More September Than July East of Rockies (Tropical Storm Flossie to hit Hawaii; Dorian may restrengthen to tropical storm status soon)
Dog Day Siesta
Sunday Records. Both St. Cloud and Rochester set record lows Sunday morning. 43 F. in St. Cloud? I can’t recall seeing temperatures this cool over central Minnesota in July. It’s still July right? Map: WeatherNation TV.
Saved By Stratus. Low clouds lingered much of Saturday night, diminishing radiative cooling, preventing a rash of record lows. Officially the Twin Cities missed a record by 2 degrees Sunday morning (52 F). There were plenty of 40s, well away from the urban heat island. Map: MesoWest.
Monday Departures From Average. Most people I’ve talked to don’t miss the sauna-like heat or humidity, but a real cool front in late July was a bit jarring for many of us. Highs today run 5-10 F. cooler than average from the Twin Cities and Des Moines to Buffalo and Pittsburgh.
Cool Bias. 250 mb. winds midday Friday show northwest winds over Minnesota and the Upper Midwest, Great Lakes and New England, swamp-like heat confined to the Central and Southern Plains. Northwesterly winds aloft may spill over into the first, even the second week of August, limiting just how hot it can get looking out 10-14 days. Map: Weather Bell.
Here’s what we’re monitoring:
* Flossie is forecast to strike the Hawaiian Island Chain late Monday into Tuesday as a tropical storm, capable of flooding rains, 7-12 foot seas, a 2-4 foot storm surge for Honolulu and Waikiki, and sporadic power outages.
* Dorian has weakened into a tropical wave, but many of the computer models show a moderate potential for strengthening; there is a 50% probability that Dorian will become a tropical storm (again), taking a westward path which will push the storm into Cuba, possibly the Gulf of Mexico within a week.
Tropical Storm Flossie. Packing 60 mph sustained winds late Sunday, Flossie is heading due west, on a course that will take the center of the storm over the Big Island and south of Oahu by Monday night and Tuesday. Some slight weakening is expected, but Flossie will hit Hawaii has a moderate tropical storm. The greatest potential for minor wind damage, flooding and power outages will come on the northern (windward) side of the Big Island Monday night. A storm surge of 2-4 feet may trigger lowland inundation and urban flooding in Honolulu and Waikiki late Monday into Tuesday morning. Details from NOAA NHC:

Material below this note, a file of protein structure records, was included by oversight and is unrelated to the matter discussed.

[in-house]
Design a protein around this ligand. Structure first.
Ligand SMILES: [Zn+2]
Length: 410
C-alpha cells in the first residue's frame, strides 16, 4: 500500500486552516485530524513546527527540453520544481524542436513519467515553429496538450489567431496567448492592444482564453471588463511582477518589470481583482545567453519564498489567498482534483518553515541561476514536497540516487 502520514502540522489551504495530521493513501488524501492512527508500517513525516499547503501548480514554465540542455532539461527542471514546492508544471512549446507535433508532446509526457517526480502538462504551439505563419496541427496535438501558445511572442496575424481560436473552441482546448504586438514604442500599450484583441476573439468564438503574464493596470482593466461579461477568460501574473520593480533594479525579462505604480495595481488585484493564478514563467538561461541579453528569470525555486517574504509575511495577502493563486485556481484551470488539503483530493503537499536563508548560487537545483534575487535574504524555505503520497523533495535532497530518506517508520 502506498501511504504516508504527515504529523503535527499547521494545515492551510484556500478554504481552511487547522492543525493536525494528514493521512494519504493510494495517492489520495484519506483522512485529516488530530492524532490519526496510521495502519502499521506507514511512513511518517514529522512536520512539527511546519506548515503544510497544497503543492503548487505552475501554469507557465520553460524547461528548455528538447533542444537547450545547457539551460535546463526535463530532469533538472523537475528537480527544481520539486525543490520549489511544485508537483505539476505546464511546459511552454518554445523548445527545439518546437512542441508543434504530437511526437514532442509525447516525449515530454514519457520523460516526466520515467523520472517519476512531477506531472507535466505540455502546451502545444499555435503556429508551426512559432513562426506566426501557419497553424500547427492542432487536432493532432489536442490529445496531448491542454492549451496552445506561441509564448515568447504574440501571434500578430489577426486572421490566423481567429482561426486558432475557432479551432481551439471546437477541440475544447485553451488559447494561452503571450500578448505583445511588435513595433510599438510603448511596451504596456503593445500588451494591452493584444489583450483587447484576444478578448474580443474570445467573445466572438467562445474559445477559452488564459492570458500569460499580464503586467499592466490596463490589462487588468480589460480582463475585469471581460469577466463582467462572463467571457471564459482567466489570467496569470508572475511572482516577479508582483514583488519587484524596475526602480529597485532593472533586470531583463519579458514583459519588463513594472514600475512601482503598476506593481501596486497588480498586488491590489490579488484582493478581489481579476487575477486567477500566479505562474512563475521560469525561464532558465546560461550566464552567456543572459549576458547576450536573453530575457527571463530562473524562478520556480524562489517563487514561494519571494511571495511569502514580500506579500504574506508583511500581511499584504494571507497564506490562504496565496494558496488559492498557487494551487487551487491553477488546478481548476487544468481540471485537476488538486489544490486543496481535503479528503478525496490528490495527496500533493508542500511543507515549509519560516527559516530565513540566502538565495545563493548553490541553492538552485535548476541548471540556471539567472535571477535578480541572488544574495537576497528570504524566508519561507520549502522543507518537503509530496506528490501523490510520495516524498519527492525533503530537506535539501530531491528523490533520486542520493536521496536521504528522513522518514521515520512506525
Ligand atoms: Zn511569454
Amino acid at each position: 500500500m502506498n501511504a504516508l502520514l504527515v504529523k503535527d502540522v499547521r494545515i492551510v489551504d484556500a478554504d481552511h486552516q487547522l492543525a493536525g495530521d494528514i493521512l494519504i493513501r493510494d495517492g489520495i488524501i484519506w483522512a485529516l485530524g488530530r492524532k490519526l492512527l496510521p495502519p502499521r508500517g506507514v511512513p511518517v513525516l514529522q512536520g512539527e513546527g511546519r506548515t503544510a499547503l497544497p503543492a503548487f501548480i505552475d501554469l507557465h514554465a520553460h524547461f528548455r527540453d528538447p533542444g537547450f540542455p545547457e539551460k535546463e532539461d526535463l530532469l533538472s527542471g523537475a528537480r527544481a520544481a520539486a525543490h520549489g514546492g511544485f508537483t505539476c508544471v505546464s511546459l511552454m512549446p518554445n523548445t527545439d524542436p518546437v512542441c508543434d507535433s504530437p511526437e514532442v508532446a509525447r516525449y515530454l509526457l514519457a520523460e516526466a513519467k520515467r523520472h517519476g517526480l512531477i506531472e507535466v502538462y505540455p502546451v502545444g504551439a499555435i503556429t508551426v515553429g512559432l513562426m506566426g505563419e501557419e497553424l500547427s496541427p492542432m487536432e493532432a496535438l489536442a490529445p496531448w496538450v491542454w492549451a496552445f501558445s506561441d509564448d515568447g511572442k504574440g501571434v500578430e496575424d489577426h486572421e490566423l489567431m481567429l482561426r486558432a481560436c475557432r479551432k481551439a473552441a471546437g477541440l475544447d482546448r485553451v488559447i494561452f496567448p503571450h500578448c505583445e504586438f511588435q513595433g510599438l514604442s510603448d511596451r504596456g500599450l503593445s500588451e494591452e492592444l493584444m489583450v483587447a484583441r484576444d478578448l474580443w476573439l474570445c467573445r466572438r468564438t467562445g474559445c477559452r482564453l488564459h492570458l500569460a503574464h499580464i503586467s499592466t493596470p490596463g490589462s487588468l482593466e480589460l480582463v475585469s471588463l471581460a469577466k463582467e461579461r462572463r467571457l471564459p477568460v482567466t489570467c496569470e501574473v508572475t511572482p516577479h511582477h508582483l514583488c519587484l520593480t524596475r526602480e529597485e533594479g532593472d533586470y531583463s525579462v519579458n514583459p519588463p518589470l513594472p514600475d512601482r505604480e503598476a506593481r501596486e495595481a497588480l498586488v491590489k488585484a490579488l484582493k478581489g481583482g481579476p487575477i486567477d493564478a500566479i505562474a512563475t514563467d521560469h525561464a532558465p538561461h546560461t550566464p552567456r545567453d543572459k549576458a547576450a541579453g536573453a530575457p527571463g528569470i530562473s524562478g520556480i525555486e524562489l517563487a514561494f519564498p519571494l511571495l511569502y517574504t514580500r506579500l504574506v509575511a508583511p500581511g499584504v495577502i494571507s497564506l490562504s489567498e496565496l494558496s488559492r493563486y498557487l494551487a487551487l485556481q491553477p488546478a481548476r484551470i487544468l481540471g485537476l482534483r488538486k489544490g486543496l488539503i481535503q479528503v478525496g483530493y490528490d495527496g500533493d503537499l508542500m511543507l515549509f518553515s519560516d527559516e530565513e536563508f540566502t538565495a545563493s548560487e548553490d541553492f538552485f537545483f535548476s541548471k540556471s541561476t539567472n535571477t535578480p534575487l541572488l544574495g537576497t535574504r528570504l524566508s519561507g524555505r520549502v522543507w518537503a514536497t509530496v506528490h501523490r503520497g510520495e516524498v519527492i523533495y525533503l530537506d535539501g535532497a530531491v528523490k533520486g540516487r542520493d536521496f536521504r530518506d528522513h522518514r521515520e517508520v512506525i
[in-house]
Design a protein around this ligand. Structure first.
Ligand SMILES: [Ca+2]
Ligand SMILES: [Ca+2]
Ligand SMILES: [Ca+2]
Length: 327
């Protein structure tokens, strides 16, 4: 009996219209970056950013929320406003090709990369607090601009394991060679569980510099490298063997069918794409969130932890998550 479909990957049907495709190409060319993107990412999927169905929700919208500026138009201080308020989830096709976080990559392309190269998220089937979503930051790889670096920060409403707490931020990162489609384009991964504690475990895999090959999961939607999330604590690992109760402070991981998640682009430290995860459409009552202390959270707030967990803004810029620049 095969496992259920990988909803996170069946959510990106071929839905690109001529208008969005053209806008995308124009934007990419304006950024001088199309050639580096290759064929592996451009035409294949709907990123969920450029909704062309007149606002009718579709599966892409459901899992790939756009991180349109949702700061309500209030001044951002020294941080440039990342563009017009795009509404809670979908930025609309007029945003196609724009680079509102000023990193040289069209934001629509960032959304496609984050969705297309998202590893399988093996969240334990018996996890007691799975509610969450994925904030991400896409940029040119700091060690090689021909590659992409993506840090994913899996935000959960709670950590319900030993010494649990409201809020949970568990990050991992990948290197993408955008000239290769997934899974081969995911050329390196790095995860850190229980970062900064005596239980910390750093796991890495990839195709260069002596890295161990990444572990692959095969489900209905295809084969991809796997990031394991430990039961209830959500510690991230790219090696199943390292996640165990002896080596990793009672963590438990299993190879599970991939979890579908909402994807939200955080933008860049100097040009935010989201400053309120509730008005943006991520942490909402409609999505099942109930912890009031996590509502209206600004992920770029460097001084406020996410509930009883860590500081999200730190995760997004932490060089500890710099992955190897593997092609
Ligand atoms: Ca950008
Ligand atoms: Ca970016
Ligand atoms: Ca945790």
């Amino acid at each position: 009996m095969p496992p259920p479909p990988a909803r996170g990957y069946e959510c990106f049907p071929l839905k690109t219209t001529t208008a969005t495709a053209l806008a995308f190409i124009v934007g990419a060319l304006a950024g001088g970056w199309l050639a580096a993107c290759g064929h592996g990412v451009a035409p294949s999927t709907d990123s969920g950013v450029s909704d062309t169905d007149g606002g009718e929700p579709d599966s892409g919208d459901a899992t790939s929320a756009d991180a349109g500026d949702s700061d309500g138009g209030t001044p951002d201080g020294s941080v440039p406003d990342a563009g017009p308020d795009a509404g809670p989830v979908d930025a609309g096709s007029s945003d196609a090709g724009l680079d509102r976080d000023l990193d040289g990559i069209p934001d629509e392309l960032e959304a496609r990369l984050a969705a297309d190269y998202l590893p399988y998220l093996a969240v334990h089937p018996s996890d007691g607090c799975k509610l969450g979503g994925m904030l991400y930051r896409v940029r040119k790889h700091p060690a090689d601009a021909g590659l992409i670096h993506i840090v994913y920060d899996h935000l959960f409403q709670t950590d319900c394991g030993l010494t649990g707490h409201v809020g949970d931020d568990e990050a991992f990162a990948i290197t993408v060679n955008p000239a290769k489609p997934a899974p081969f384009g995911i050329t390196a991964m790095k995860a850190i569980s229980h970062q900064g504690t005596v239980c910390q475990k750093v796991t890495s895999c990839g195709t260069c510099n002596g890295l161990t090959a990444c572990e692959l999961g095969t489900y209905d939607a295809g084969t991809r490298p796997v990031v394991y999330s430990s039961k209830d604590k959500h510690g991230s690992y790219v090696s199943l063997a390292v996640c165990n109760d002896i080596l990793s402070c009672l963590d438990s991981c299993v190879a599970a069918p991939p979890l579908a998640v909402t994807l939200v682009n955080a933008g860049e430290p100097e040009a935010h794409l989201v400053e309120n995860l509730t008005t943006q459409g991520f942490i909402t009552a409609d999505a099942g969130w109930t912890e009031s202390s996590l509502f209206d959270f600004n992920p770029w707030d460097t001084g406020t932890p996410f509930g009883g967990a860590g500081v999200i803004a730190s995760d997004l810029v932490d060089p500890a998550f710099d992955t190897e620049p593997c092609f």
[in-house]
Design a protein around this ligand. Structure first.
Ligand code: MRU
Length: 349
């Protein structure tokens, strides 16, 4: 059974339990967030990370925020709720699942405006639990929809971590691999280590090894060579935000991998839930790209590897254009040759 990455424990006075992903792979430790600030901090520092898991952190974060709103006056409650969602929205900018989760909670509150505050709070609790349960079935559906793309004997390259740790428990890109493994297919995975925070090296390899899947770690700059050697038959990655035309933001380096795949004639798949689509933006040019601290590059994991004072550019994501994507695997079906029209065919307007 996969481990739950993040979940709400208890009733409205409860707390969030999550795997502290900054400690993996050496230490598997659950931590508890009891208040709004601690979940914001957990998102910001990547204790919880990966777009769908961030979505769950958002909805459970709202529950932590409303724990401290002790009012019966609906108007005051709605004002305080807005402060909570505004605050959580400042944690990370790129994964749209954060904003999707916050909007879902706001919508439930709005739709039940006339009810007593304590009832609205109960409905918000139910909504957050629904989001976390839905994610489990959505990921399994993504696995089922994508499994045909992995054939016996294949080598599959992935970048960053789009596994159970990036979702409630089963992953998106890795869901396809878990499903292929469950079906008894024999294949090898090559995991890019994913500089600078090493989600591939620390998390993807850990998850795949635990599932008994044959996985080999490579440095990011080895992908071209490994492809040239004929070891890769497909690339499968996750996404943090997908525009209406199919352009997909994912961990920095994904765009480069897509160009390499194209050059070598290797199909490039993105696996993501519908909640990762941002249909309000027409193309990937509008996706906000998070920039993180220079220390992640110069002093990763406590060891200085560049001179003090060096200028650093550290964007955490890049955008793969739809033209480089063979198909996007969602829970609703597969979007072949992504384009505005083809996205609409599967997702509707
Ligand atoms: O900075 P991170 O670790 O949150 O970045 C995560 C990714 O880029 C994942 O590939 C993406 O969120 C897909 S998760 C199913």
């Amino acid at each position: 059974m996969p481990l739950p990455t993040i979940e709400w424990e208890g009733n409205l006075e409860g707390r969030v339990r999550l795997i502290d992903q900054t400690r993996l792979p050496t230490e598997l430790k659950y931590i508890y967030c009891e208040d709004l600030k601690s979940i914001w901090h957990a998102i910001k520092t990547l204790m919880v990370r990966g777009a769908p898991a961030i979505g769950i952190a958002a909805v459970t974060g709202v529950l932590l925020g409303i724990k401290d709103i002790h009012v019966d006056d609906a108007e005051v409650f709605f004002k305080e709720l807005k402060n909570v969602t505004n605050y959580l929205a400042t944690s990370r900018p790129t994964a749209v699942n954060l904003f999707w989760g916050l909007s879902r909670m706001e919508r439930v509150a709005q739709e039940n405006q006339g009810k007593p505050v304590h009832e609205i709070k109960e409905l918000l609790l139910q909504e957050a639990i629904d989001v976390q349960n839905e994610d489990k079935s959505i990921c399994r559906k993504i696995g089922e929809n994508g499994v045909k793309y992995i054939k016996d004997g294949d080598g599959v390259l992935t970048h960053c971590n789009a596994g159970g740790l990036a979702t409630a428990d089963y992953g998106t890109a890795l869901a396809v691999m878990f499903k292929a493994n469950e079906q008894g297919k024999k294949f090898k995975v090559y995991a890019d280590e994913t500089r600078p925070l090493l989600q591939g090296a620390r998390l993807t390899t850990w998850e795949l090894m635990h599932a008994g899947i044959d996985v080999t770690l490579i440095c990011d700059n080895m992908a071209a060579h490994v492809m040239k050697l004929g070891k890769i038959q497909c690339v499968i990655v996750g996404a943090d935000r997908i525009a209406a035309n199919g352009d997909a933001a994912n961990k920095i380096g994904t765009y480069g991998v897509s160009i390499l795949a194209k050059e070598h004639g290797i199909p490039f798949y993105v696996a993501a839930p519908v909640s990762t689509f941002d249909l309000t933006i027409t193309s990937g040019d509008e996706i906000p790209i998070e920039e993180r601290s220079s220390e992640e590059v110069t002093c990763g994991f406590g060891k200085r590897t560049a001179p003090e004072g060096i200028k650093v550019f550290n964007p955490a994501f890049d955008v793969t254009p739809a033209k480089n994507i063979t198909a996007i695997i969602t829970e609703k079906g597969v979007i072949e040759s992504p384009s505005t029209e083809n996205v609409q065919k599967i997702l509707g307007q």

Tropical storm conditions are expected to reach the Big Island late tonight, Maui county Monday morning and Oahu Monday night. Tropical storm conditions are possible on Kauai and Niihau Monday night, lasting into Tuesday.
Heavy rainfall is expected to begin as early as Monday morning over Hawaii county and Monday afternoon over Maui county, with heavy rain spreading to Oahu by Monday night. Flossie is expected to produce total rainfall amounts of 6 to 10 inches over the Big Island and Maui county, with isolated maximum amounts of 15 inches possible, mainly windward. Rainfall amounts of 4 to 8 inches are possible over Oahu, with isolated maximum amounts of 12 inches possible, mainly windward. This rainfall could cause life- threatening flash floods and mud slides, especially in the mountains.
Dangerously large surf will begin to impact east facing shores of the islands as early as tonight with the largest surf expected on Monday into Tuesday. Be aware that large surf can cause coastal road closures, even before the storm arrives. Please consult the latest hurricane local statement for information specific to your area.
Timing Flossie. Winds and surf will gradually build during the day today, peaking Monday night and Tuesday as the center of a slowly weakening Tropical Storm Flossie passes over Hawaii. The most pervasive problem from Flossie will be torrential 4-8″+ rains, capable of significant flash flooding, especially windward side of the islands and higher terrain. Map: NHC.
Tropical Storm Warning – Flash Flood Watch. Most of the Hawaiian Islands are under a Tropical Storm Warning, meaning 39-60 mph winds are imminent. Even higher gusts are possible over mountainous and volcanic terrain. Travel will become increasingly difficult by the PM hours Monday; the height of the storm comes Tuesday morning and midday. More details from Honolulu’s National Weather Service office here.